Color, 2011, 101m.
Directed by Ti West
Starring Sara Paxton, Pat Healy, Alison Barlett, Kelly McGillis, Jake Ryan
Dark Sky (Blu-Ray & DVD) (US RA/R1 NTSC) / WS (2.35:1) (16:9) / DTS-HD MA 5.1

The InnkeepersStrange things are afoot at the Yankee Pedlar Inn. Only two employees are left to run the place and have decided to crash there overnight: Claire (Paxton, from the '09 Last House on the Left), who's gaga over a guest visit from former TV sitcom star Leanne Rease-Jones (McGillis), and Luke (Rescue Dawn's Healy), who's building a website about the hotel's rich haunted past. Intrigued, Claire starts to get spooked one night and decides to sweep some of the empty rooms with a microphone to listen for any paranormal sounds -- particularly the building's most famous ghost, Madeline O'Malley. When something indeed happens involving a piano, she winds up finding unexpected aid from Leanne, who turns out to be a practicing spiritualist. When a bona fide ghost does pop up, the two put-upon employees decide to put their limited skills and equipment to use -- but things don't go quite as they expected.The Innkeepers

At times this almost feels like what might happen if Whit Stillman made a horror movie. The characters are appealing and quirky without being overdone, the sense of atmosphere and locale couldn't be better, and much of the pleasure comes from simply hanging out in a fun cinematic space you don't really want to leave when it's all over. Director Ti West is quickly becoming a specialist in immersive, location-based horror films, and while this isn't an '80s period piece like his earlier cult classic House of the Devil, it definitely has a comforting, nostalgic sensibility. While this may not exactly be an English ghost story, it's a very New England one... which is close enough for this to work wonders on willing audiences. While the final minutes of the film don't quite wrap up as steadily as the rest of the film (a flaw it shares with the otherwise wonderful House of the Devil), this one scores so directly otherwise it barely matters. If you're expecting a fast-paced rollercoaster with lots of flashy shocks from the opening frames, this definitely isn't the place to go; however, if you like curling up with a good, spooky story staggered with a few great jolts, this more than fits the bill.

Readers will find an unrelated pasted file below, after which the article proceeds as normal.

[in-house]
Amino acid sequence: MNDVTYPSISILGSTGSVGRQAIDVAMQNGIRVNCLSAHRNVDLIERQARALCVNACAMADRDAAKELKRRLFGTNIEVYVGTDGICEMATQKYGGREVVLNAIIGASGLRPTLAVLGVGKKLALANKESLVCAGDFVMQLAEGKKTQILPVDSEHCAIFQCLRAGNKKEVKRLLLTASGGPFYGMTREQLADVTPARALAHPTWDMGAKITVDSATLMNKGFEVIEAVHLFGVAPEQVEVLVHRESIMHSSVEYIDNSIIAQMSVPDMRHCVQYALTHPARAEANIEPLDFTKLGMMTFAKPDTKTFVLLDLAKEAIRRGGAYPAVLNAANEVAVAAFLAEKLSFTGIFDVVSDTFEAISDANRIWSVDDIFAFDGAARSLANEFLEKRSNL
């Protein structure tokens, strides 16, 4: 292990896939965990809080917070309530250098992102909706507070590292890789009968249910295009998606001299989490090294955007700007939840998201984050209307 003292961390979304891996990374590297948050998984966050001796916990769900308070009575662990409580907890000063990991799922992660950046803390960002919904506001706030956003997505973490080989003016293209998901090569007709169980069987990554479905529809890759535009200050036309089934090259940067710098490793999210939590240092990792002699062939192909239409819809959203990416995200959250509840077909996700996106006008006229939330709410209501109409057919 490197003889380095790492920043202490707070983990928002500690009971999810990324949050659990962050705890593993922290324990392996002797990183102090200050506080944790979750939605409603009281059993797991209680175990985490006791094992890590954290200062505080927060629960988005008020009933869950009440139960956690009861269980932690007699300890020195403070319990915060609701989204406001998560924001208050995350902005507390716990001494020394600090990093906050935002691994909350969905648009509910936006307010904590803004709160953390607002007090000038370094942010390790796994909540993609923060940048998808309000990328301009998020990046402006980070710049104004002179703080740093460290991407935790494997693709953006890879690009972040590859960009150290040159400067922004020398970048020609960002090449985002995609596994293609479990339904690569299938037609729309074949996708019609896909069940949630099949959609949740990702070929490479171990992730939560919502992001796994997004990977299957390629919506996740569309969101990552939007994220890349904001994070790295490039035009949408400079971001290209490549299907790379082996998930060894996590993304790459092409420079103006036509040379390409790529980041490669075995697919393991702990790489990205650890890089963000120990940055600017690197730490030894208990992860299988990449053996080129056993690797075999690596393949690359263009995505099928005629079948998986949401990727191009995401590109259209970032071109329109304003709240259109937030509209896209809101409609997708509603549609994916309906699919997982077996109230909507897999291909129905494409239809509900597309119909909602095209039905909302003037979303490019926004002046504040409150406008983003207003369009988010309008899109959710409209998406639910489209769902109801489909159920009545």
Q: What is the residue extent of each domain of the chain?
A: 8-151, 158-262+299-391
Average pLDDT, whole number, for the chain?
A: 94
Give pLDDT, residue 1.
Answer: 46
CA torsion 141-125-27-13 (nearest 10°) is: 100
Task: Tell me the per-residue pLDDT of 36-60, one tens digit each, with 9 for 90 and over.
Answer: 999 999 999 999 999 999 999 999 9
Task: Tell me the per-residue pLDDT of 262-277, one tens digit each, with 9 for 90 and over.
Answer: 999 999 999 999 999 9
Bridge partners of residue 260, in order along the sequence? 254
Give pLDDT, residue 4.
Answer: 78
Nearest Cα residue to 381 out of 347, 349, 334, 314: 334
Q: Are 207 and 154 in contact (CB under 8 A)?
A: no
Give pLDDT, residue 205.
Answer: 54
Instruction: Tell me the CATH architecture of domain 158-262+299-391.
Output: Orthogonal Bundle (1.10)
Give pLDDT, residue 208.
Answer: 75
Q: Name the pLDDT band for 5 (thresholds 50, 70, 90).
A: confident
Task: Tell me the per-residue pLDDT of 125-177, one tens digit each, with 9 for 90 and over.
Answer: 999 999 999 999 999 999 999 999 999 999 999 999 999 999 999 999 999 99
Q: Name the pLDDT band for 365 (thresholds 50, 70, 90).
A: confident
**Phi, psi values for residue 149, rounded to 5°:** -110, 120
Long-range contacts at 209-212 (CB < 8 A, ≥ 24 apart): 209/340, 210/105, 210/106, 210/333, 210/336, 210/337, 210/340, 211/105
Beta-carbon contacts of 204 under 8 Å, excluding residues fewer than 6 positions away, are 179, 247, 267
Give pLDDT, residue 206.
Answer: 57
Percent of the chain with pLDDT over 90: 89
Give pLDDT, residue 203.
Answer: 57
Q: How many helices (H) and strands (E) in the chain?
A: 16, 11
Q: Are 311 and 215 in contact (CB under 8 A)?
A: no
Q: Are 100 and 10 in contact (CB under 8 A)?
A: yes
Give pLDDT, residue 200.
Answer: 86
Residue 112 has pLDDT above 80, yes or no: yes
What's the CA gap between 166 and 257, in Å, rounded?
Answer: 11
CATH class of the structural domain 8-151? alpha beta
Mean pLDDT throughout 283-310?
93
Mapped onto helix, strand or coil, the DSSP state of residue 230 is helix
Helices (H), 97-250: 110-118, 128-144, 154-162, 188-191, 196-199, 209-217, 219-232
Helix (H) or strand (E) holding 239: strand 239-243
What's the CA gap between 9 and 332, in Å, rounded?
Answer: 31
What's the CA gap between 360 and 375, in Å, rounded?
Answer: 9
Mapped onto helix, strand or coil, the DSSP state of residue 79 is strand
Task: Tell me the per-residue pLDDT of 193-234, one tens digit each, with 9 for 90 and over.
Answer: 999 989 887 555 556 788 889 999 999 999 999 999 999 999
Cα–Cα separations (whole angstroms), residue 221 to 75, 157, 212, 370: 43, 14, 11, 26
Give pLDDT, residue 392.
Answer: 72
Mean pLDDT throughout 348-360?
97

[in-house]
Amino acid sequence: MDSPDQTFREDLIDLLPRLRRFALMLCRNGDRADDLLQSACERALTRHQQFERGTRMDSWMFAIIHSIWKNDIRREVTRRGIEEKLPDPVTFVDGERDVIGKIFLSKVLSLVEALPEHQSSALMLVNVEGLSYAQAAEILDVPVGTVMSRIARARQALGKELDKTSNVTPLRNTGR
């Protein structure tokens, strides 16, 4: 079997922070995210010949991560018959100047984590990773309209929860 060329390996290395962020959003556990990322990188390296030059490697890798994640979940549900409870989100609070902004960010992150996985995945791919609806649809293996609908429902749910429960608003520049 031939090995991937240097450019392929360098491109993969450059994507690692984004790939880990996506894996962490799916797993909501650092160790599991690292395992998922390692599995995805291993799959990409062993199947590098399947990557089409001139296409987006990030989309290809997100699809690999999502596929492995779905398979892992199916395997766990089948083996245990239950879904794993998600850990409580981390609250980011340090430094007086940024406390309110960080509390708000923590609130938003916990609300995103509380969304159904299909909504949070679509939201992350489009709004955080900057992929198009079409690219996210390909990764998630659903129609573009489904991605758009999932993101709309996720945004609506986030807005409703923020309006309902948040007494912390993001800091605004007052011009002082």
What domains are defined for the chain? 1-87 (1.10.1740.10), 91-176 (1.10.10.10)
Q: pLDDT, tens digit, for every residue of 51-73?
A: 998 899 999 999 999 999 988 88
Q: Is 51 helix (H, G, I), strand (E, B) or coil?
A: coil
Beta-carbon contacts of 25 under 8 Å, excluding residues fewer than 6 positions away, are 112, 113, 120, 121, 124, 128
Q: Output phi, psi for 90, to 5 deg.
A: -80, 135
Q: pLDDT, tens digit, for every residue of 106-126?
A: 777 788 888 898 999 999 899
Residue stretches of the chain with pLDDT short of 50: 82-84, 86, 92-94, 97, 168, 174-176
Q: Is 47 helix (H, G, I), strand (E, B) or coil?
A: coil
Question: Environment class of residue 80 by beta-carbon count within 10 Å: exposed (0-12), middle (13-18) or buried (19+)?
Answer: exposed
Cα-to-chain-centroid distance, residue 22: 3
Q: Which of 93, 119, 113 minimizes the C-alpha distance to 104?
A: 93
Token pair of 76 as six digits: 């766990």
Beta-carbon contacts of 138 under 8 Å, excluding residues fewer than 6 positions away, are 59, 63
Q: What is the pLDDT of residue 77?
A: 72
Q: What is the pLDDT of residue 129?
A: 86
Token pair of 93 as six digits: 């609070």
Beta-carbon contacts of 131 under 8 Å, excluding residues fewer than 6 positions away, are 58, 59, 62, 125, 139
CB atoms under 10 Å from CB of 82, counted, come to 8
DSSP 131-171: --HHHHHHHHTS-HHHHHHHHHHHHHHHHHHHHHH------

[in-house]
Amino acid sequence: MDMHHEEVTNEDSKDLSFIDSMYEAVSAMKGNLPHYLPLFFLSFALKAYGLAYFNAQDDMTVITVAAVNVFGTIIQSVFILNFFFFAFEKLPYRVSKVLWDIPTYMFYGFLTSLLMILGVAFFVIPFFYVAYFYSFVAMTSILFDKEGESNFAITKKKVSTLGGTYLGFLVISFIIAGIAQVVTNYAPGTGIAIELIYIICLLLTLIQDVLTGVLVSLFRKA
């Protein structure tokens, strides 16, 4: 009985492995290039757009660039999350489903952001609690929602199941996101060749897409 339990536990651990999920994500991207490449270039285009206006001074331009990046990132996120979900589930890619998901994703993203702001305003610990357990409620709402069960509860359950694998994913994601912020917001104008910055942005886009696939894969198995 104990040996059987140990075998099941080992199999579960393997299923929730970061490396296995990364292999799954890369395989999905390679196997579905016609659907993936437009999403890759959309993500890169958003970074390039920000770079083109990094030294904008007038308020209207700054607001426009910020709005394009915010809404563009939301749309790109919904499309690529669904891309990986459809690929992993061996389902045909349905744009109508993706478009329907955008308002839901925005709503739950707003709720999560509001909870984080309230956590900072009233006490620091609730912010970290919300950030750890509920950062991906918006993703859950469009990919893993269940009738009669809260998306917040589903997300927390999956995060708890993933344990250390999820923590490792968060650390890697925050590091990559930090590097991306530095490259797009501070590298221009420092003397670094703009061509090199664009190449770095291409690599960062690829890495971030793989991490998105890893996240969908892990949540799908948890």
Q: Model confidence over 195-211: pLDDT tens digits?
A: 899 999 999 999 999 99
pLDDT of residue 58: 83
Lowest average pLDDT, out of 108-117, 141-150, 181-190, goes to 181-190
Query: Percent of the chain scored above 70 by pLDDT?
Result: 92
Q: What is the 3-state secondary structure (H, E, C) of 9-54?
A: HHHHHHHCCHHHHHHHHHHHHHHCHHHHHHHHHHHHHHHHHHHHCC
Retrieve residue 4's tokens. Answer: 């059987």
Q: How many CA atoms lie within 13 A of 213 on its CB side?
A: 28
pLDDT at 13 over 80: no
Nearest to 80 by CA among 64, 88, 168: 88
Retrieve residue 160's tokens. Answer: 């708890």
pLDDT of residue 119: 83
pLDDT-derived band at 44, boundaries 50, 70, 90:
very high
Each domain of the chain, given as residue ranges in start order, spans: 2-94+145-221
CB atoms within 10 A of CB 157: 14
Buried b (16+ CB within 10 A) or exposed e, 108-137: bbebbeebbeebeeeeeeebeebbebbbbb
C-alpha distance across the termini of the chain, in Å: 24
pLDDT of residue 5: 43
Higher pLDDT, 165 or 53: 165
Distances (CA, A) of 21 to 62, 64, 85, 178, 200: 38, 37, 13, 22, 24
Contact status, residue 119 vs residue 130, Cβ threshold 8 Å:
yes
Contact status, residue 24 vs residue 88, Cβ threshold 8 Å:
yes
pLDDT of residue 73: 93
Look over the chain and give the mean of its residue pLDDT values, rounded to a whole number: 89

The InnkeepersIn an interesting move, The Innkeepers was first distributed as a digital rental on demand before it hit theaters (but after its festival appearances). However, those who couldn't catch it on the big screen would be best served by checking out the Blu-Ray, which offers an impressive replication of the big screen experience. While some of West's prior films had a deliberately raw and gritty texture, this one is slick, elegant, and visually pleasing all the way, complete with some sterling scope photography and lots of neat little compositional touches. Dark Sky's track record with Blu-Ray has been almost entirely excellent so far, and this is no exception. Special mention should also go to the restrained but often very effective sound mix, which makes effective use of each discrete channel -- be it a slamming dumpster door, a ghostly rustling, or even a flushing toilet. Optional English subtitles are also included.

The first audio commentary features West, producers Peter Phok and Larry Fessenden (whose awesome Glass Eye Pix produced the film), and second unit dirThe Innkeepersector/sound designer Graham Reznick. It's a very soft-spoken track and amiably sedate, with anecdotes including drawing narrative inspiration from Dee Wallace, shooting at the real Yankee Pedlar (which is still open for business in Connecticut) and having to dress down certain areas, finding the perfect basement steps, and some ambitious plans involving a replica of the hotel's hallway that couldn't come to fruition. The second commentary has West, Paxton, and Healy (and his growling stomach), and it's much more jokey and loose, including a lot of riffing on the onscreen action and recollections about working with each other, including the relative awfulness and girliness of their handwriting and how to integrate good phrases into a screenplay.

On the video end, you also get the theatrical trailer (and bonus ones for related Dark Sky/Glass Eye titles like the very good Stake Land) -- but the main extra is the 7-minute "The Innkeepers: Behind the Scenes," which features a mixture of behind-the-scenes footage and interviews with the acting leads, West, and the producers, as well as an amusing look at the various participants' dogs who stayed with them around the clock at the Pedlar. (And yes, there really is a dog named Balls.) As a final note, the disc kicks off with an advisory from the filmmakers to play it loud. Trust them... it's worth it.

Reviewed on April 12, 2012.